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David Minton - DRC

Spirited away

Profile image for By Jenna Duncan / Staff Writer
By Jenna Duncan / Staff Writer
New charred white oak barrels bear the initials QW for Quentin Witherspoon, who runs Witherspoon’s Distillery in Lewisville.David Minton - DRC
New charred white oak barrels bear the initials QW for Quentin Witherspoon, who runs Witherspoon’s Distillery in Lewisville.
David Minton - DRC
Quentin Witherspoon produces rum and blended whiskey at his distillery in Lewisville. He founded the company with Ryan Dehart and Laurent Spamer.David Minton - DRC
Quentin Witherspoon produces rum and blended whiskey at his distillery in Lewisville. He founded the company with Ryan Dehart and Laurent Spamer.
David Minton - DRC
Quentin Witherspoon uses a hydrometer to test the alcohol content in a batch of whiskey.David Minton - DRC
Quentin Witherspoon uses a hydrometer to test the alcohol content in a batch of whiskey.
David Minton - DRC

Lewisville distillery draws on methods from around globe

LEWISVILLE — As a young Marine in Bangui, the capital of the Central African Republic, Quentin D. Witherspoon was one of five responsible for protecting American diplomats, but he and the other Marines began to form relationships with other international diplomats from across Europe.

The diplomats brought specialty beverages from across Europe, like wine and beer, not anticipating the lack of refrigeration. As the goods began to spoil, the diplomats offered to share the alcohol with the Marines, and Witherspoon, who was in charge of filtering drinking water from the Congo River, decided to distill the wine into brandy and the beer into whiskey.

“To be quite honest with you, it was pretty bad,” Witherspoon said.

But the distilling evolved over time from a hobby to a profession in 2010 when he founded Witherspoon’s Distillery in his hometown of Lewisville. After nearly three years of planning, practicing and obtaining permits, Witherspoon’s released the first batches of River Rum in February, followed by Witherspoon’s Bourbon Whiskey at the beginning of July.

Using sugar from Sugar Land and molasses from a provider two blocks away — bought from the same company his relatives have used for four generations — Witherspoon is out to prove that high-quality spirits can be made locally.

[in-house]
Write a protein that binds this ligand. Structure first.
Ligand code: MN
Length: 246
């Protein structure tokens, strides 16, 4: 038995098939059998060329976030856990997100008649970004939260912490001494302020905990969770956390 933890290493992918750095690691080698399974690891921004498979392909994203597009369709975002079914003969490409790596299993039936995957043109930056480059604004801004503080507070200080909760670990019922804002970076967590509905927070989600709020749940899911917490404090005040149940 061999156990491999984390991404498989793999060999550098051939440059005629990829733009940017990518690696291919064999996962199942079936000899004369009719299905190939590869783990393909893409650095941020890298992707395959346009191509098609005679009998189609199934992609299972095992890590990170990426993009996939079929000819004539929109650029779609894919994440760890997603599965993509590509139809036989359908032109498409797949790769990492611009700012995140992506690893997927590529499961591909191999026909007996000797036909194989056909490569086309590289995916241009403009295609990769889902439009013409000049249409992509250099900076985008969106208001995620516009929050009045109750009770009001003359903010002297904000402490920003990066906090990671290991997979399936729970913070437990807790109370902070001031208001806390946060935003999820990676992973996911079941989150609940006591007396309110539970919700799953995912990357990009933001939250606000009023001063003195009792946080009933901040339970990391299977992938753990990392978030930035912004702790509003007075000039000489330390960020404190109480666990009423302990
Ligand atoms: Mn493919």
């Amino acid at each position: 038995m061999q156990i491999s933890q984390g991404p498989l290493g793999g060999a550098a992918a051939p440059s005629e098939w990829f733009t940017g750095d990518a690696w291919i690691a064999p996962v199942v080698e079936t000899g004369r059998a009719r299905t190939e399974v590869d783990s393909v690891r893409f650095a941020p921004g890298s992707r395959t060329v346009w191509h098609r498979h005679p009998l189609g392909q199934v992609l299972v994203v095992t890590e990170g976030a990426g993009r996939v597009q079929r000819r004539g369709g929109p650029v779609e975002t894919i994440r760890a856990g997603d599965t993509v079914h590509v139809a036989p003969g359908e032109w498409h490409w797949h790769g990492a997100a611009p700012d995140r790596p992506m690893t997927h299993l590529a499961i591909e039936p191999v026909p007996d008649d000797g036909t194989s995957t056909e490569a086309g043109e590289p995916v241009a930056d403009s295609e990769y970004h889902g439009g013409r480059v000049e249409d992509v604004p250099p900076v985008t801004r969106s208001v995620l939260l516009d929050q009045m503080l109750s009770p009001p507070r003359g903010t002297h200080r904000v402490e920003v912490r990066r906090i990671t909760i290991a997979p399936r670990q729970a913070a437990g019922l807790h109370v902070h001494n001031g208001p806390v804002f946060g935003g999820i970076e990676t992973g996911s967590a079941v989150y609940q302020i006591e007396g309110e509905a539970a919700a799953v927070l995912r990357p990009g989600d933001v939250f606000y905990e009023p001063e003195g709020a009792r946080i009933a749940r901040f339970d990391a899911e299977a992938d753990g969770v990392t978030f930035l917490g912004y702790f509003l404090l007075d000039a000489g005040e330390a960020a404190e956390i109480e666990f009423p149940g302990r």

Considered a sustainable business model for liquor, the company’s product has already been selling, said Kevin O’Donovan, a manager at Fossil Creek Liquors in Lake Dallas, which has been selling Witherspoon’s Distillery products for about two months.

“I think they definitely have a budding potential market,” O’Donovan said. “The company does amazing here. ... I think his product is actually going to start doing well and is going to blow up really, really soon.”

The business is Witherspoon’s second attempt in the area after he tried to start a wine vineyard in Flower Mound in 1995 that he says basically melted in the sun. After the flop, Witherspoon moved to South Carolina to help one of his friends make mountain whiskey and learned how to distill more spirits.

He began to travel again, this time to Puerto Rico for about a year and to other countries in the Caribbean, and learned how to make rum. When he returned to the United States, he continued distilling spirits on the side and began experimenting with his own rum recipe, which had an overwhelmingly positive response.

“Upon returning from the Caribbean with a new recipe, pretty close to what I have now, I had customers that came to me low on their mountain whiskey stock ... and as a gift I gave them a pint of rum,” Witherspoon said. “They’d come back the next time I saw them, and say, ‘I want two quarts of whatever that stuff was you brought back from the Caribbean, and just give me a pint of the hard stuff.’ So I kind of knew I was onto something at that point.”

However, he decided to go back to college to become a lawyer, studying pre-law at Charleston Southern University. By 2010, after working in construction and for the Transportation Security Administration, he moved back home to Lewisville to be with his wife and children. In the garage, he built a mini distillery and began reconnecting with his old friends in the area.